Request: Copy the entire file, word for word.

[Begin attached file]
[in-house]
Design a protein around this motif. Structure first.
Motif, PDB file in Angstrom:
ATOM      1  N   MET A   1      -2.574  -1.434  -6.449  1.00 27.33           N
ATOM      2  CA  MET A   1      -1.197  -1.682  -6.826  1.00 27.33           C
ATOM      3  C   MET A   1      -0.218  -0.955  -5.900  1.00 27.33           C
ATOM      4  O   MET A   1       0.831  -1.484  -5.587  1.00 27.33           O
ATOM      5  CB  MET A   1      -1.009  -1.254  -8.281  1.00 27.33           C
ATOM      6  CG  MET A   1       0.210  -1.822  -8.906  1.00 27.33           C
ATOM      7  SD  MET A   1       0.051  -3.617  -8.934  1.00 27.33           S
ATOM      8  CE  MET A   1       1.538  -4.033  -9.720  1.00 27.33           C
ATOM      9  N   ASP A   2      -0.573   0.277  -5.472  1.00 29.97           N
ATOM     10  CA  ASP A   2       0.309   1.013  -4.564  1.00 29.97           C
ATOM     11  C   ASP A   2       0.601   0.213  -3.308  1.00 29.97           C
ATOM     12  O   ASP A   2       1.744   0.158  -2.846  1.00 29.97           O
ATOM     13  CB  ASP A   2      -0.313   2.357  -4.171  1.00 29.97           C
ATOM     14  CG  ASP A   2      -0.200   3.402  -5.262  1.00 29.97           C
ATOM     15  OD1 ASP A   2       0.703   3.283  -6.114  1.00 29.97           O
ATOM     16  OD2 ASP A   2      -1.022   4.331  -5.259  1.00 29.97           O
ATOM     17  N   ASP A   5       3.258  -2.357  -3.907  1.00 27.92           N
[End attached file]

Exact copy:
[in-house]
Design a protein around this motif. Structure first.
Motif, PDB file in Angstrom:
ATOM      1  N   MET A   1      -2.574  -1.434  -6.449  1.00 27.33           N
ATOM      2  CA  MET A   1      -1.197  -1.682  -6.826  1.00 27.33           C
ATOM      3  C   MET A   1      -0.218  -0.955  -5.900  1.00 27.33           C
ATOM      4  O   MET A   1       0.831  -1.484  -5.587  1.00 27.33           O
ATOM      5  CB  MET A   1      -1.009  -1.254  -8.281  1.00 27.33           C
ATOM      6  CG  MET A   1       0.210  -1.822  -8.906  1.00 27.33           C
ATOM      7  SD  MET A   1       0.051  -3.617  -8.934  1.00 27.33           S
ATOM      8  CE  MET A   1       1.538  -4.033  -9.720  1.00 27.33           C
ATOM      9  N   ASP A   2      -0.573   0.277  -5.472  1.00 29.97           N
ATOM     10  CA  ASP A   2       0.309   1.013  -4.564  1.00 29.97           C
ATOM     11  C   ASP A   2       0.601   0.213  -3.308  1.00 29.97           C
ATOM     12  O   ASP A   2       1.744   0.158  -2.846  1.00 29.97           O
ATOM     13  CB  ASP A   2      -0.313   2.357  -4.171  1.00 29.97           C
ATOM     14  CG  ASP A   2      -0.200   3.402  -5.262  1.00 29.97           C
ATOM     15  OD1 ASP A   2       0.703   3.283  -6.114  1.00 29.97           O
ATOM     16  OD2 ASP A   2      -1.022   4.331  -5.259  1.00 29.97           O
ATOM     17  N   ASP A   5       3.258  -2.357  -3.907  1.00 27.92           N